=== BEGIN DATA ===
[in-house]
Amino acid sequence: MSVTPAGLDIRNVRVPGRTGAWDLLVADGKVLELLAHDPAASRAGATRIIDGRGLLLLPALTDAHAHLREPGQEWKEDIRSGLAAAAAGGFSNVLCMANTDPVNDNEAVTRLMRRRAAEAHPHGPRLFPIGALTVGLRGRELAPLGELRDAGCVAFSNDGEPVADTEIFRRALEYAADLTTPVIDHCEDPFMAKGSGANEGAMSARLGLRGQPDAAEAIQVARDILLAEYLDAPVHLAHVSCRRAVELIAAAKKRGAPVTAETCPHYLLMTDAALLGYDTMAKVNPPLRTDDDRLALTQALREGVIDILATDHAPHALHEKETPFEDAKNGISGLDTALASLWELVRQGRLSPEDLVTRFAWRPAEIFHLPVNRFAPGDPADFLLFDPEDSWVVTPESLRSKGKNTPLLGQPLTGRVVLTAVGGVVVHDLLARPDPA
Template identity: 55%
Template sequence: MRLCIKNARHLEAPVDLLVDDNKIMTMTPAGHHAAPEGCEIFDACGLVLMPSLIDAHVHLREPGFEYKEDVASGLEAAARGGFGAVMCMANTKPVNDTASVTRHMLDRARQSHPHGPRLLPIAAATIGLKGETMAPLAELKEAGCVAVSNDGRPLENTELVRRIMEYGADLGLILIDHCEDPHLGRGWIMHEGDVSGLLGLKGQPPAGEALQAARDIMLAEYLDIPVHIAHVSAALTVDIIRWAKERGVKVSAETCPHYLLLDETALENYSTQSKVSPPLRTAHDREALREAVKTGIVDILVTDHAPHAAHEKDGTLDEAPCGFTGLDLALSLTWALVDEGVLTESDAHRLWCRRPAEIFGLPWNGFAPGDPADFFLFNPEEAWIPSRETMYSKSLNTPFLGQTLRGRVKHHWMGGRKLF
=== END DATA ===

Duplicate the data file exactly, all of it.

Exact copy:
[in-house]
Amino acid sequence: MSVTPAGLDIRNVRVPGRTGAWDLLVADGKVLELLAHDPAASRAGATRIIDGRGLLLLPALTDAHAHLREPGQEWKEDIRSGLAAAAAGGFSNVLCMANTDPVNDNEAVTRLMRRRAAEAHPHGPRLFPIGALTVGLRGRELAPLGELRDAGCVAFSNDGEPVADTEIFRRALEYAADLTTPVIDHCEDPFMAKGSGANEGAMSARLGLRGQPDAAEAIQVARDILLAEYLDAPVHLAHVSCRRAVELIAAAKKRGAPVTAETCPHYLLMTDAALLGYDTMAKVNPPLRTDDDRLALTQALREGVIDILATDHAPHALHEKETPFEDAKNGISGLDTALASLWELVRQGRLSPEDLVTRFAWRPAEIFHLPVNRFAPGDPADFLLFDPEDSWVVTPESLRSKGKNTPLLGQPLTGRVVLTAVGGVVVHDLLARPDPA
Template identity: 55%
Template sequence: MRLCIKNARHLEAPVDLLVDDNKIMTMTPAGHHAAPEGCEIFDACGLVLMPSLIDAHVHLREPGFEYKEDVASGLEAAARGGFGAVMCMANTKPVNDTASVTRHMLDRARQSHPHGPRLLPIAAATIGLKGETMAPLAELKEAGCVAVSNDGRPLENTELVRRIMEYGADLGLILIDHCEDPHLGRGWIMHEGDVSGLLGLKGQPPAGEALQAARDIMLAEYLDIPVHIAHVSAALTVDIIRWAKERGVKVSAETCPHYLLLDETALENYSTQSKVSPPLRTAHDREALREAVKTGIVDILVTDHAPHAAHEKDGTLDEAPCGFTGLDLALSLTWALVDEGVLTESDAHRLWCRRPAEIFGLPWNGFAPGDPADFFLFNPEEAWIPSRETMYSKSLNTPFLGQTLRGRVKHHWMGGRKLF